Alexei Rosenfeld/Getty Images
With the news that SAG/AMPTP negotiations may enter next week, the mostly international working unions are taking a cautious approach in support of potential actors’ strike.
Unlike writers’ unions around the world, which came out in support of the WGA’s labor action before it was called up, unions in English-speaking countries are conservative.
With more than 1,000 representatives now urging SAG-AFTRA leadership to take a tough line in negotiations with the Alliance for Motion Pictures and Television (AMPTP), talks at a knife-edge, questions have been raised about how other countries and local guidelines will respond. Actors will receive about work in projects of “hit” American companies.
The Canadian Actors’ Union ACTRA declined to comment after saying the strike “has not happened yet and is currently speculative,” while the Brussels-based Actors’ Union (FIA) had nothing to say with just two days before the first deadline expired. As we revealed late yesterday, this deadline may be extended to next week if SAG and AMPTP feel close to an agreement.
Most of the unions we have approached are keeping their powder dry until the situation becomes clearer but some international unions are taking a more outspoken stance. Mark Phillips, communications director for the Australian Media, Entertainment and Arts Alliance, said SAG-AFTRA has been keeping his organization informed.
He added: “As a sister union, MEAA stands in solidarity with SAG-AFTRA and will continue to work with SAG-AFTRA to determine the appropriate steps needed for any production in Australia affected by the industrial action if it occurred in the US.” .
‘We have to avoid confusion’
While the situation has subsided somewhat for nearly two months, the first few days of the writers’ strike saw international clerks urgently seek clarification as to whether they were allowed to work on certain projects. When it comes to the cast, sources tell Deadline that they want to avoid a repeat of the confusion that has prevailed in areas such as co-productions and shows commissioned outside the US broadcast.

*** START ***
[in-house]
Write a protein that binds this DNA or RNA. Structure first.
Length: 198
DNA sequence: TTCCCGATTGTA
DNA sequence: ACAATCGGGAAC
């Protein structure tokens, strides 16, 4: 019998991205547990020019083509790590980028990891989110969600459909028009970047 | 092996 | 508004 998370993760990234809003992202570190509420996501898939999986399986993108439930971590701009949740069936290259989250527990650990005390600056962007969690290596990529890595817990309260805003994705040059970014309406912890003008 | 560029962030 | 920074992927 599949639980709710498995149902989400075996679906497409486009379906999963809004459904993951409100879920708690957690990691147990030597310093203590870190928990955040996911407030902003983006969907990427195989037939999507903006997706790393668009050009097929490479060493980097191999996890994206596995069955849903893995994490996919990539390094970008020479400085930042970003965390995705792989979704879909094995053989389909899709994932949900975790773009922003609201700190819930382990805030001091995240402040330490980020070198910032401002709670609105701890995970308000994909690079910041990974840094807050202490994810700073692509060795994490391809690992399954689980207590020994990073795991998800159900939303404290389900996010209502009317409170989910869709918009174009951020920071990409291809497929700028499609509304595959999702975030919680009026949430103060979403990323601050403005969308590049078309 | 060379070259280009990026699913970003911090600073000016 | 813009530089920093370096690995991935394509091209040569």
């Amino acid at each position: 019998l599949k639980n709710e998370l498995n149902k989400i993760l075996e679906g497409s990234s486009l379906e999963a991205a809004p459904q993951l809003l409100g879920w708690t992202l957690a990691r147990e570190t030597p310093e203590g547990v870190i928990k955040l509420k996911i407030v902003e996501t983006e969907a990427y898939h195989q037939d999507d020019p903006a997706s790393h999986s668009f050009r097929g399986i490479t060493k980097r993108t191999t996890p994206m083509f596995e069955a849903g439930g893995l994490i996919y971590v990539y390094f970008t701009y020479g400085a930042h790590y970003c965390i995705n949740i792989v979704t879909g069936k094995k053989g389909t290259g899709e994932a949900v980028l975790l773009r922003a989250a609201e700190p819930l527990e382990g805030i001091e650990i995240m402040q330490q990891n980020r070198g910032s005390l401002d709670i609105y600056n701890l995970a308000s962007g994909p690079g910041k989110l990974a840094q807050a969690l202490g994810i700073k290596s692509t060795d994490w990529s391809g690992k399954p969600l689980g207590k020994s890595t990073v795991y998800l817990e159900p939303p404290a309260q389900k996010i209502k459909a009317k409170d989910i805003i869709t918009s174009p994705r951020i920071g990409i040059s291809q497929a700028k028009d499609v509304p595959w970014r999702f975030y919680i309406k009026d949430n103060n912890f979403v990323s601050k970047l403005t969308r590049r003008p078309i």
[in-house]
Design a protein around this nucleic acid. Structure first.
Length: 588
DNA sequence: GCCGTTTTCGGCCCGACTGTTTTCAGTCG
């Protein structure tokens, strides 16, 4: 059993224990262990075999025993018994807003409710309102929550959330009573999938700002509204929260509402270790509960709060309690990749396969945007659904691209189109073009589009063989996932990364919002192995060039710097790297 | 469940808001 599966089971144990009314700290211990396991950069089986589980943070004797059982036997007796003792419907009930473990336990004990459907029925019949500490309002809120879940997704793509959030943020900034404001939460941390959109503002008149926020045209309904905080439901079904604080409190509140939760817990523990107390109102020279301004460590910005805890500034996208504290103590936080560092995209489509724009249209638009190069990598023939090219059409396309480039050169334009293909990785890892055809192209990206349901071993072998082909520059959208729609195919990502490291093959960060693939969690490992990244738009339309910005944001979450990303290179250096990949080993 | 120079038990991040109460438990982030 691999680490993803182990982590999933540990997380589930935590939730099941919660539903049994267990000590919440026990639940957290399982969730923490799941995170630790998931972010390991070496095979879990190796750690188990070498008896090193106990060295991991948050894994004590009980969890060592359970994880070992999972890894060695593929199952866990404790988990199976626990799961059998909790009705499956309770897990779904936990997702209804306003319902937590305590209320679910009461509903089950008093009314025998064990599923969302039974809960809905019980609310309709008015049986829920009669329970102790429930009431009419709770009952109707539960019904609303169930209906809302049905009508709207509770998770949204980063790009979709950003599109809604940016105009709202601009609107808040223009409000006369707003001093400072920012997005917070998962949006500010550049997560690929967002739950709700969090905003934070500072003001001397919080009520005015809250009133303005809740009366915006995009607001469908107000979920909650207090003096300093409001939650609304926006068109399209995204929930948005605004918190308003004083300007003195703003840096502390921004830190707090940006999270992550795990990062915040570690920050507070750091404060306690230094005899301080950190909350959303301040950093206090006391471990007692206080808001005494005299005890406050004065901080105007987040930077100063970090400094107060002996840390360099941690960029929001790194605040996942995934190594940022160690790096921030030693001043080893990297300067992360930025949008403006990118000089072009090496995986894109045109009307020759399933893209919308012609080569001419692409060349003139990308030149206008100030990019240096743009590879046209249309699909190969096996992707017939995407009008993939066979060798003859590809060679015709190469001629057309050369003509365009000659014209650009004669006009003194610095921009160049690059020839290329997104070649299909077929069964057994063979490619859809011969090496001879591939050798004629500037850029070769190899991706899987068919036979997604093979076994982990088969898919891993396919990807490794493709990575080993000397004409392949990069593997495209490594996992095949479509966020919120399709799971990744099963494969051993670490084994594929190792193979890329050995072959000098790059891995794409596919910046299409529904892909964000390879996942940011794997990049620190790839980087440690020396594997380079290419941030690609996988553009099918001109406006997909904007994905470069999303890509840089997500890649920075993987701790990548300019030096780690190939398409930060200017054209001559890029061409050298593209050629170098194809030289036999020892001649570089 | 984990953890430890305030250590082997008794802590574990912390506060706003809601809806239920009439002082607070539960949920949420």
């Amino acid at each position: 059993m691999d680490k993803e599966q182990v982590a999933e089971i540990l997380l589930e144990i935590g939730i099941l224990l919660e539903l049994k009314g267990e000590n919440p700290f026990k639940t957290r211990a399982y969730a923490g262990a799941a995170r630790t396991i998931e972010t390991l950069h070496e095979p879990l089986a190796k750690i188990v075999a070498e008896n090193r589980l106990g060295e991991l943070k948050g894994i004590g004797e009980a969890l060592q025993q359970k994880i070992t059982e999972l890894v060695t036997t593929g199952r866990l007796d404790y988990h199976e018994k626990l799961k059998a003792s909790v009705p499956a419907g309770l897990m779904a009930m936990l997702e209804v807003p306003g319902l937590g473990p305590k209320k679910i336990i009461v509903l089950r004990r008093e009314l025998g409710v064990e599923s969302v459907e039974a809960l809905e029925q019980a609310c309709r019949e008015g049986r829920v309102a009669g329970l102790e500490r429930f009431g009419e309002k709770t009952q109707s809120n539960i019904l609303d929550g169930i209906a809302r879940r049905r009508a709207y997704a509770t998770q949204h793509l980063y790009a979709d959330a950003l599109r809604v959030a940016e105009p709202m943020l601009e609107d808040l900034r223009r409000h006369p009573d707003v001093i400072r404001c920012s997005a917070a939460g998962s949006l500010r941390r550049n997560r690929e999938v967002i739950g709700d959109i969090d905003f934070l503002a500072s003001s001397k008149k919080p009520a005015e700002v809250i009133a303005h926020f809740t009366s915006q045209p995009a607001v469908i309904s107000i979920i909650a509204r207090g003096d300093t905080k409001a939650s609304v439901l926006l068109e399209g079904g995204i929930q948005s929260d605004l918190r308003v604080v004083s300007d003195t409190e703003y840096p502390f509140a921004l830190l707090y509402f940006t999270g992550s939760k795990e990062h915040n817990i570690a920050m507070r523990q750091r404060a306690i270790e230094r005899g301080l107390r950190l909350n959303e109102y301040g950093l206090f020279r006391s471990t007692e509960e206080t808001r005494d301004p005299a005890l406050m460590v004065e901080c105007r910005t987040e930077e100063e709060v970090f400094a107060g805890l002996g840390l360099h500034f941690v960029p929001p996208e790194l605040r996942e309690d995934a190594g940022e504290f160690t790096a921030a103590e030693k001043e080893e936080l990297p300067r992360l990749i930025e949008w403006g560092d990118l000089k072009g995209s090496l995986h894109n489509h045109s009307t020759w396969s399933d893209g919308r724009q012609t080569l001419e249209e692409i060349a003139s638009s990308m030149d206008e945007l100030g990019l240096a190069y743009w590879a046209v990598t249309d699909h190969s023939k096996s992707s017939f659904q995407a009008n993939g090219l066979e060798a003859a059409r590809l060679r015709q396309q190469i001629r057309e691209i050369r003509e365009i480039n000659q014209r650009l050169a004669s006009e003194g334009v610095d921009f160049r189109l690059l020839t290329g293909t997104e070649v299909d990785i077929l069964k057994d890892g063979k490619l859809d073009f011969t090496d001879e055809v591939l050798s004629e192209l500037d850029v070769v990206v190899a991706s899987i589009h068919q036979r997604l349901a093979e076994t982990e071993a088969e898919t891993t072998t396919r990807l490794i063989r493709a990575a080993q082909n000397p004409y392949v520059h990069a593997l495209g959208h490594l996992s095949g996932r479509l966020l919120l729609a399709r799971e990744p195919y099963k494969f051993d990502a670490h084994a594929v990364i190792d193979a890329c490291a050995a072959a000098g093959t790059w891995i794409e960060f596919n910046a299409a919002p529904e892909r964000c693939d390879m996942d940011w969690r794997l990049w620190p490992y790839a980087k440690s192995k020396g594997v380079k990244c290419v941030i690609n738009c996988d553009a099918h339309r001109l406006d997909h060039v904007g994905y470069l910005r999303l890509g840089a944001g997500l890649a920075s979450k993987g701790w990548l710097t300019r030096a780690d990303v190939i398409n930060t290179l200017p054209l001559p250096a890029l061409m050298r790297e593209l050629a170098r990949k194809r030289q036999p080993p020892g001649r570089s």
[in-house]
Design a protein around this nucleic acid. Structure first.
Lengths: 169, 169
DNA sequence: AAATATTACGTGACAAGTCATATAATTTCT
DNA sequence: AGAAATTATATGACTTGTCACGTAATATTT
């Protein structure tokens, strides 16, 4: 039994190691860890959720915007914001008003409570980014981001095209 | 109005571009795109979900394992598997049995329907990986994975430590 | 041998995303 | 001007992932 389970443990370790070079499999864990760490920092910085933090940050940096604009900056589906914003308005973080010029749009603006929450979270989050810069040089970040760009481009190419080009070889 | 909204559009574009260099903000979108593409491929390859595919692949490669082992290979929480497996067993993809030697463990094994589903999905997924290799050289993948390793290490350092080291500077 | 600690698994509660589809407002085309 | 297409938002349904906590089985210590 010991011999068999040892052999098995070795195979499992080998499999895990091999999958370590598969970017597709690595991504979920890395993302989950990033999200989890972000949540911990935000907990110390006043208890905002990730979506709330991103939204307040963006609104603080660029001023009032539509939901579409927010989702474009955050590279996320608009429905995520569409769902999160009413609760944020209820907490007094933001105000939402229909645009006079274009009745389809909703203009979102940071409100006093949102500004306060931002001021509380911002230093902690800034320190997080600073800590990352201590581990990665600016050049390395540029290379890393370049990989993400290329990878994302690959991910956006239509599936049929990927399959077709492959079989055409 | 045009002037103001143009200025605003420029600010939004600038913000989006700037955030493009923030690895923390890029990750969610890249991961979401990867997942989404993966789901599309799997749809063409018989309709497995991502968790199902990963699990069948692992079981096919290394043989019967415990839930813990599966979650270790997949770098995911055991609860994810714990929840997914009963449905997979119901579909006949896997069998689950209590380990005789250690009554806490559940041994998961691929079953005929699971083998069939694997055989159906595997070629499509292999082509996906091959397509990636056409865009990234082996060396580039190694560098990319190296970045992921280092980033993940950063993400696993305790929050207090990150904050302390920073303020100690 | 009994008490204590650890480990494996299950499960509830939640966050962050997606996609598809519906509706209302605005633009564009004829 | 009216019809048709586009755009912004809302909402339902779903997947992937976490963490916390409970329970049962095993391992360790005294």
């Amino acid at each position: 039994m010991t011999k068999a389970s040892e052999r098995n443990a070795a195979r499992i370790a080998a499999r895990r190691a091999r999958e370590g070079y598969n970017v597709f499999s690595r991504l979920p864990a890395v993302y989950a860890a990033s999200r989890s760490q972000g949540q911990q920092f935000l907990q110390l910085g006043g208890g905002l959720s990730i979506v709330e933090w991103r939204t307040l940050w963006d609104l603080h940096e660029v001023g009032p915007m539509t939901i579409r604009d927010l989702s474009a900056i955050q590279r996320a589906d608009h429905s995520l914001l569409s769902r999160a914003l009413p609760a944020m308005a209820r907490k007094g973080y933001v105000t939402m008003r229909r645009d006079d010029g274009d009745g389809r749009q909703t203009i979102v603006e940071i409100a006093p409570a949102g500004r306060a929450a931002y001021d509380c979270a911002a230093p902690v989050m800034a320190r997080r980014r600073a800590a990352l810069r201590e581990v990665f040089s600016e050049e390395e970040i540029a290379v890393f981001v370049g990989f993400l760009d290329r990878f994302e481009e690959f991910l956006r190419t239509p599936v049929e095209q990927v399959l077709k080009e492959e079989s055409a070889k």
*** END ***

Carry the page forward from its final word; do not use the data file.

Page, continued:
John McVay, who runs the UK producers’ trade body Bact, said his body seeks “clarity and consistency” before advising its hundreds of independent members, many of whom produce script and many of whom work with US buyers.
He added, “What we want to avoid is the confusion that occurred with the WGA strike.” “We want to know who can do what, where they can do it, and avoid any gray areas.”
A senior British source familiar with the situation said the representatives union Equity, which, according to Variety, was in Los Angeles this week speaking with SAG officials, is “more aggressive” when it comes to US unions.
The source added: “The Equity will not look kindly on anything that bleeds into the ability of its members to obtain employment.” “They don’t want SAG to get a foothold in the UK but the problem is you have British representatives working in the US who will also be members of SAG.”
The source pointed out that “the possibility of replacing a British writer with an American one is completely different from bringing in a British actor for an American one,” and behind-the-scenes talks will be held about this disparity.
As with other actors’ unions around the world, Equity declined Deadline’s request for comment on the strike, as did the UK’s Directors Guild and Bectu’s union behind the camera.
Many big-budget American TV series and movies are currently being filmed outside the United States including the likes of Dragon House, Andor and HBO’s the palace. If the strike is eventually allowed, the eyes of the industry will be on these poles. Right now, labor unions around the world are sitting tight.
“Typical beer trailblazer. Hipster-friendly web buff. Certified alcohol fanatic. Internetaholic. Infuriatingly humble zombie lover.”